Bunn, aided by the horrifyingly beautiful pencils of Mirko Colak, recently seen on shelves as the artist for Greg Pak’s Kingsway West, and the luminous Mike Mignola inspired colors of Maria Santaolalla, drops readers in the thick of a ruined Camelot, one closely resembling the closing pages of the original King Arthur legend. But as we quickly realize, things are so much worse than the romantic tragedy of the folktale and we now inhabit a new eldritch world of magic and monsters.
Those who are not exactly scholars in Arthurian folklore need not worry, as Bunn quickly affirms that he is merely using the centuries-old tale as a foundation for something much weirder and much, much meaner. Unholy Grail #1 is unabashedly grim, and therein lies its real driving force. Instead of just giving us a rote retelling of the King Arthur story with some vague horror trappings, Bunn commits to his own premise, altering the legend and sending the implications of the change spiraling through the English mythos.
After a bloody cold open detailing the return of Percival of Wales to the ruined kingdom, given a beautiful desolation and richly visceral colors by Mirko Colak and Maria Santaolalla, Bunn rewinds, showing the reader just how we got to this place with one murderous deviation. As the legend goes, Arthur’s father, Uther Pendragon, lay dying on his bed while Arthur is still in the wilds, unaware of his royal heritage. Then the good wizard Merlin gave counsel to the king, who decreed that his son should inherit the kingdom with the wizard of many names as his closest confidant.
But as I said, this is not that story, and instead of a mysterious wizard, Uther is visited by a demon who has “slipped free from Hell,” killed the real Merlin, and now wears his face in order to bend Camelot to his own evil intentions. It's all presented in blunt and simplistically laid out panels by Colak and Santaolalla, the latter injecting a real English countryside lushness in the surrounding grassy knolls, standing rock formations, and the pale blue sky who looks on indifferent to the murder of the mage. With this foundation in place, Bunn drops a honking big stone into the river of this legend and then gleefully details the ripples.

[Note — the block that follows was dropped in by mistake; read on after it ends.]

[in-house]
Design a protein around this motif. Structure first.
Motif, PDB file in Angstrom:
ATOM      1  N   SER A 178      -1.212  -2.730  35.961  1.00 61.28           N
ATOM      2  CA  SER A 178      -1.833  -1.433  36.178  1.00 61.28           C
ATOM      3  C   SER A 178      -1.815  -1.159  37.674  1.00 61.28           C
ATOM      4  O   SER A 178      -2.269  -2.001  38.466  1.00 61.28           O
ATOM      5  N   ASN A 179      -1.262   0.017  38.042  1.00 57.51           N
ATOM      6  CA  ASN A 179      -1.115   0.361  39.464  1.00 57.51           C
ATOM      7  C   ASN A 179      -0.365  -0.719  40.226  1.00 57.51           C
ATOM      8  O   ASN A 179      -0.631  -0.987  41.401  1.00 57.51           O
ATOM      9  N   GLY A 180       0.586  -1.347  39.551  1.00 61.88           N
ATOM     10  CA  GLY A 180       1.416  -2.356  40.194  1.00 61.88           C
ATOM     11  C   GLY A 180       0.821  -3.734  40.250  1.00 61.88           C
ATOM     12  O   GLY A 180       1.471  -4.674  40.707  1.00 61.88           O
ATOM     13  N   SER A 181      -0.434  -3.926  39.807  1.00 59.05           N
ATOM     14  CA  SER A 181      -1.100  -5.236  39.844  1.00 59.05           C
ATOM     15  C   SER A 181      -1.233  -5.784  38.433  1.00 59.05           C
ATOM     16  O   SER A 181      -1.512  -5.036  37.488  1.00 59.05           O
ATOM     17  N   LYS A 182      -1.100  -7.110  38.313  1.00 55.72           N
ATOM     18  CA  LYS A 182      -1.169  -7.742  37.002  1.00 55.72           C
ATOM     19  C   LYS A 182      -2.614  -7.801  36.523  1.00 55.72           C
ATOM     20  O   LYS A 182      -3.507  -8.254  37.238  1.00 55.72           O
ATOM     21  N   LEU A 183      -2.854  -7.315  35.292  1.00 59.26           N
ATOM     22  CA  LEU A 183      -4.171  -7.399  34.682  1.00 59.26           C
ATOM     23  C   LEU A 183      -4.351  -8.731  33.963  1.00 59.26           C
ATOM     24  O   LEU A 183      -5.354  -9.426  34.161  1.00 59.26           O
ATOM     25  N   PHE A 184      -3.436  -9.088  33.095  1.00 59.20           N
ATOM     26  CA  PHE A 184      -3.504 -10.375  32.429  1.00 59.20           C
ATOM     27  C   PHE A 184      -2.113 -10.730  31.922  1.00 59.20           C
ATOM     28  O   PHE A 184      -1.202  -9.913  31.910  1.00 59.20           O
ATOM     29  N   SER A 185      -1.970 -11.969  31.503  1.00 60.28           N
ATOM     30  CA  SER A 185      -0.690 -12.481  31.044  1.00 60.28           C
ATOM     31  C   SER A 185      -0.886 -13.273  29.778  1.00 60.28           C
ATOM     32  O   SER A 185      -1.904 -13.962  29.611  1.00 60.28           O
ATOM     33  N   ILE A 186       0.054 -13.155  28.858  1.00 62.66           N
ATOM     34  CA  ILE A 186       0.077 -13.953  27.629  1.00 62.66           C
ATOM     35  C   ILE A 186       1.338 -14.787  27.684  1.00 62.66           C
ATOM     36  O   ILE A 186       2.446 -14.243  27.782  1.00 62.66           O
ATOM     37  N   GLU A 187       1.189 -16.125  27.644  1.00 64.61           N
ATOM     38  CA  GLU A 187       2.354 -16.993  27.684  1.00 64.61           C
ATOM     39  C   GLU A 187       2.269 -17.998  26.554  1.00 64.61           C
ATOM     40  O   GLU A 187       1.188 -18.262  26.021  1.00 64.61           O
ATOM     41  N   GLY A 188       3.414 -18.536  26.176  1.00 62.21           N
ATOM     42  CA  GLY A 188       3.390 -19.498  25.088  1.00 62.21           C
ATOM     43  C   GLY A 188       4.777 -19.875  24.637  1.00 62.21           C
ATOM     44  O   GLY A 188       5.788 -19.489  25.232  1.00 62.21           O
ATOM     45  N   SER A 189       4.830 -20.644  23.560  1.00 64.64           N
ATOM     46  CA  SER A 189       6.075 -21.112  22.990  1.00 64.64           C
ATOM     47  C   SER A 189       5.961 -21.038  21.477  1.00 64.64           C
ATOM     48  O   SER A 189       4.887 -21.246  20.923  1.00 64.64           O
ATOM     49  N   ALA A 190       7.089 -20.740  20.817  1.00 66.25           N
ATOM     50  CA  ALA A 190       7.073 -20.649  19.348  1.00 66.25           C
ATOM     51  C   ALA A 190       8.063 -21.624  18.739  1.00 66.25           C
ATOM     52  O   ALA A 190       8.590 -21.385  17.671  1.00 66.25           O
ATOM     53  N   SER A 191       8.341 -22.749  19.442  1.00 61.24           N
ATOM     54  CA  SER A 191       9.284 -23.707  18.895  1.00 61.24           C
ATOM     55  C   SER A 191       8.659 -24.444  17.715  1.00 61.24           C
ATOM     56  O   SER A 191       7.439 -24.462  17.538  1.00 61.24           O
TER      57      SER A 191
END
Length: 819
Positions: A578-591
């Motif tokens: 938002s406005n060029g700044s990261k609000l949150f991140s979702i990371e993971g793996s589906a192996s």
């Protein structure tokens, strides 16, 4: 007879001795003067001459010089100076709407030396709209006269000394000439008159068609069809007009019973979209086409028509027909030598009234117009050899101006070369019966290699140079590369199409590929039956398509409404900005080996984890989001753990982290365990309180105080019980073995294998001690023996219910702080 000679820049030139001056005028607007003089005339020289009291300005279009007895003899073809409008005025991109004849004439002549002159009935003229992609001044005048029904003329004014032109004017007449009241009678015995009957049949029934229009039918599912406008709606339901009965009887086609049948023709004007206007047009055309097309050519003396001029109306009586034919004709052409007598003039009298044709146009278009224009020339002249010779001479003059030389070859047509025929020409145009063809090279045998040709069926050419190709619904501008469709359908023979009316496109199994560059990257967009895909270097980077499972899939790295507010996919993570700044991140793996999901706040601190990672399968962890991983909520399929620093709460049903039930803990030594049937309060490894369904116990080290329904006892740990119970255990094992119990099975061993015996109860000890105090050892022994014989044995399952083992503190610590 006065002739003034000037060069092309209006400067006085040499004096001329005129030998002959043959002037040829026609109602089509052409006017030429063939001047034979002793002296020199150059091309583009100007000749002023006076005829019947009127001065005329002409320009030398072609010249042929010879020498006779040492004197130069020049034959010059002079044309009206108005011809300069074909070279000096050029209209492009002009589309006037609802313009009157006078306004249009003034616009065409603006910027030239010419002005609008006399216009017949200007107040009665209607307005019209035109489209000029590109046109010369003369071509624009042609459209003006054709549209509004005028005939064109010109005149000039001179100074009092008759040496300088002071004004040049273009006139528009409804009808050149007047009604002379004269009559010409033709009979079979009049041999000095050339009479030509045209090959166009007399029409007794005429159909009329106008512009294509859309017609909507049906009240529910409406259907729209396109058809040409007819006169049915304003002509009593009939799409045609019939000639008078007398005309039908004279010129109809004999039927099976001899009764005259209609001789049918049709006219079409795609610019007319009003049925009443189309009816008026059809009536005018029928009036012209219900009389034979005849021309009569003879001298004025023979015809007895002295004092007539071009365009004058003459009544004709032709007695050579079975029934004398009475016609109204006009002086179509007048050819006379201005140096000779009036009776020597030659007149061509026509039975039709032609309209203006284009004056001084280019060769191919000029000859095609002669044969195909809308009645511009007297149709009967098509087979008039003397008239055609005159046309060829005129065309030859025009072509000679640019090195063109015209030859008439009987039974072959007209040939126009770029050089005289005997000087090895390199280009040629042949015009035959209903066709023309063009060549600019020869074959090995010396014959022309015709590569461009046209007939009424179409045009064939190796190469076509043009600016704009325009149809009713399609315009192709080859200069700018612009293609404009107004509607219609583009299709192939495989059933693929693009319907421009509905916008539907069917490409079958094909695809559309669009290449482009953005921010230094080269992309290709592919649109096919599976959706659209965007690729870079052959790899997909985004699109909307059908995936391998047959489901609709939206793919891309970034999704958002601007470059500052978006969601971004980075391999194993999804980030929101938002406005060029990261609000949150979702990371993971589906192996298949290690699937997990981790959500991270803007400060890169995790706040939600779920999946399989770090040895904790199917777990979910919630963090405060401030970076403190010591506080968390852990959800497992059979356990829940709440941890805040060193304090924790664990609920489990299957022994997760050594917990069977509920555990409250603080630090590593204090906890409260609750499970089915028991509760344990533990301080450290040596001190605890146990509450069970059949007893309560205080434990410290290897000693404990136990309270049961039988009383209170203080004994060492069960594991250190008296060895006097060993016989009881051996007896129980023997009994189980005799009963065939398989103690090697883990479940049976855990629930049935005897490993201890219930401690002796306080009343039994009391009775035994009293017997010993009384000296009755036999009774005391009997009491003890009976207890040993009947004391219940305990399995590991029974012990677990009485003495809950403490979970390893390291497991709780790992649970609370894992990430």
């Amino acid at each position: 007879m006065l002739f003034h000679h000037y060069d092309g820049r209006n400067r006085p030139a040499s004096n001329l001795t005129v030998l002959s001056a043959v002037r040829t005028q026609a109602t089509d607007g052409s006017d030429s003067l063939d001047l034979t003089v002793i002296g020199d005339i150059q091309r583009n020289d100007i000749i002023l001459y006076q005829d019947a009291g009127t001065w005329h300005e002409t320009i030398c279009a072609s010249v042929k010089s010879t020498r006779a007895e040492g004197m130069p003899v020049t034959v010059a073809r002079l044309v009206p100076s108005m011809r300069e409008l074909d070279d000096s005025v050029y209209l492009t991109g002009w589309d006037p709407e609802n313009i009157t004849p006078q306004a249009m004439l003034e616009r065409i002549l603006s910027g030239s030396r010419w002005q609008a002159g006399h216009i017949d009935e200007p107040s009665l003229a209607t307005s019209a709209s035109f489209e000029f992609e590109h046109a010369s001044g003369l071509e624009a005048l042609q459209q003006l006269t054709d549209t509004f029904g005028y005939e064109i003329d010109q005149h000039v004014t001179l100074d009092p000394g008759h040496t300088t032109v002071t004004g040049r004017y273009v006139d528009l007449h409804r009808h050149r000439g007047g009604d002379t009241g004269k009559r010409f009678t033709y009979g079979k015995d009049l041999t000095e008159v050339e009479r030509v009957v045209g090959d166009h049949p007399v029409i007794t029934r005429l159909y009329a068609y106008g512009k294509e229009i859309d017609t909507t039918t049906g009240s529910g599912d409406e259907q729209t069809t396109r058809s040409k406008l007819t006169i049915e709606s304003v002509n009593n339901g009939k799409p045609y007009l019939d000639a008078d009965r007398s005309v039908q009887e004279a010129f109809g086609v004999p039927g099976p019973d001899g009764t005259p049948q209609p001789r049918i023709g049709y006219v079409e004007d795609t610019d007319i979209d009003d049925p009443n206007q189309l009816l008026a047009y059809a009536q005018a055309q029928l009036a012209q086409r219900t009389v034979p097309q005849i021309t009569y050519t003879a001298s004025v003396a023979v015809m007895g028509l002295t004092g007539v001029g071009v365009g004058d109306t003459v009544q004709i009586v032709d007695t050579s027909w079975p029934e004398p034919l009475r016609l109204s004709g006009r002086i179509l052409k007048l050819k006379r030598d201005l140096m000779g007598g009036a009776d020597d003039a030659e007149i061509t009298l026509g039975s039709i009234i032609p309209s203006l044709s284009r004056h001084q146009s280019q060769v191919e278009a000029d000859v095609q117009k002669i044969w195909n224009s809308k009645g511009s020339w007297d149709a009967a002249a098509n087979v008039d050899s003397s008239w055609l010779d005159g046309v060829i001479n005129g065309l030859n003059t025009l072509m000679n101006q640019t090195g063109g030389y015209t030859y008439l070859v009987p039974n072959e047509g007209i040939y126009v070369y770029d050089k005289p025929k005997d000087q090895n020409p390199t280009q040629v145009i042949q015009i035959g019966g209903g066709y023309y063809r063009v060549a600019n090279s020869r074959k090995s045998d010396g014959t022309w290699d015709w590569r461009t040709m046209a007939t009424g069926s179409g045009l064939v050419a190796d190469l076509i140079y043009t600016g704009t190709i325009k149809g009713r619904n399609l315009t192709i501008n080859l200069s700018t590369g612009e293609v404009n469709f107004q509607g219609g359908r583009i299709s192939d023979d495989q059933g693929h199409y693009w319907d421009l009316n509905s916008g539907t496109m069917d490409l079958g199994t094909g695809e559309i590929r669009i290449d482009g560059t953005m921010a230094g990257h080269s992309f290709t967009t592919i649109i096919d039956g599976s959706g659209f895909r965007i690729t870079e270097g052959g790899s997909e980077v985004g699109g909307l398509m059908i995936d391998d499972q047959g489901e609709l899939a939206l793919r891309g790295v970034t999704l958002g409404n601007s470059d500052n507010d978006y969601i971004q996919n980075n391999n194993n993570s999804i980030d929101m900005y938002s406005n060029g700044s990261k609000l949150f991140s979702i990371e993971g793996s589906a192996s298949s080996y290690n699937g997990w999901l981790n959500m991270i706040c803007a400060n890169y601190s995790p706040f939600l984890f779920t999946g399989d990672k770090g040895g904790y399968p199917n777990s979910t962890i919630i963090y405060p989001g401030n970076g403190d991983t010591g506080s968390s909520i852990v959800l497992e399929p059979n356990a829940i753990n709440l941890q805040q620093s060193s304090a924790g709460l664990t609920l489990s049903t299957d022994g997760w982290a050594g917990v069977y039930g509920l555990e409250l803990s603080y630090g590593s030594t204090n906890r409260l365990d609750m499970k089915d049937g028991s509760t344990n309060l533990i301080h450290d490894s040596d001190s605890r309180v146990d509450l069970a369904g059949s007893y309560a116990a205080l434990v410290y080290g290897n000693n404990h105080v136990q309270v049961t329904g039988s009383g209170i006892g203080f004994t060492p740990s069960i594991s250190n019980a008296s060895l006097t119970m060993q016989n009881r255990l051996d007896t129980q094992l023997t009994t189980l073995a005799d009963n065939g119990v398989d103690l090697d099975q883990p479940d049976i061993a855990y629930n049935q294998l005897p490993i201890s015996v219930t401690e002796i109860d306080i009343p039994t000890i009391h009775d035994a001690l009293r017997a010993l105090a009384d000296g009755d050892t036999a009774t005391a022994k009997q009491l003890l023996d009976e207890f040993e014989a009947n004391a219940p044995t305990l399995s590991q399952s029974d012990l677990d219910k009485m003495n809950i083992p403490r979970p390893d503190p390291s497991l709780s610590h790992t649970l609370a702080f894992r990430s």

From there, the rest of this debut hits the beats of the early days of King Arthur, in particular his interaction with the Lady of the Lake, which now drips with Lovecraftian moodiness and dread. Gone is the ethereal beauty of that story and in her place is a hunched, looming monstrosity that rises from the murky depths, all tentacles and teeth, wearing the “original” Lady, detailed almost like a parody of the “virginal” waif, like a morbid chest piece. Cullen Bunn has proven a few times that he understands the conventions of horror and how to conjure up a tactile feeling of dread, and Unholy Grail #1 is just the latest example of this morbid talent. Though readers might be turned off by just how powerfully grim this debut is, it is still nice to see a writer writing a check and then cashing said check in pointedly gory style.
Cullen Bunn, who has been enjoying a real hot streak when it comes to the horror genre, keeps it alive in a big way with the merciless and relentlessly entertaining Unholy Grail #1. Along with the rugged, craggily engaging pencils of Mirko Colak, whose stock is steadily rising the more work he takes on, and the murky, alluring, and downright creepy colors of Maria Santaolalla, Bunn has amassed a fantastic team to guide us through this new decidedly darker take on King Arthur and the Knights of the Round Table. AfterShock Comics may not be a household name like other third-party imprints, but if they keep producing titles like Unholy Grail, that kind of notoriety may be coming sooner than we could have imagined.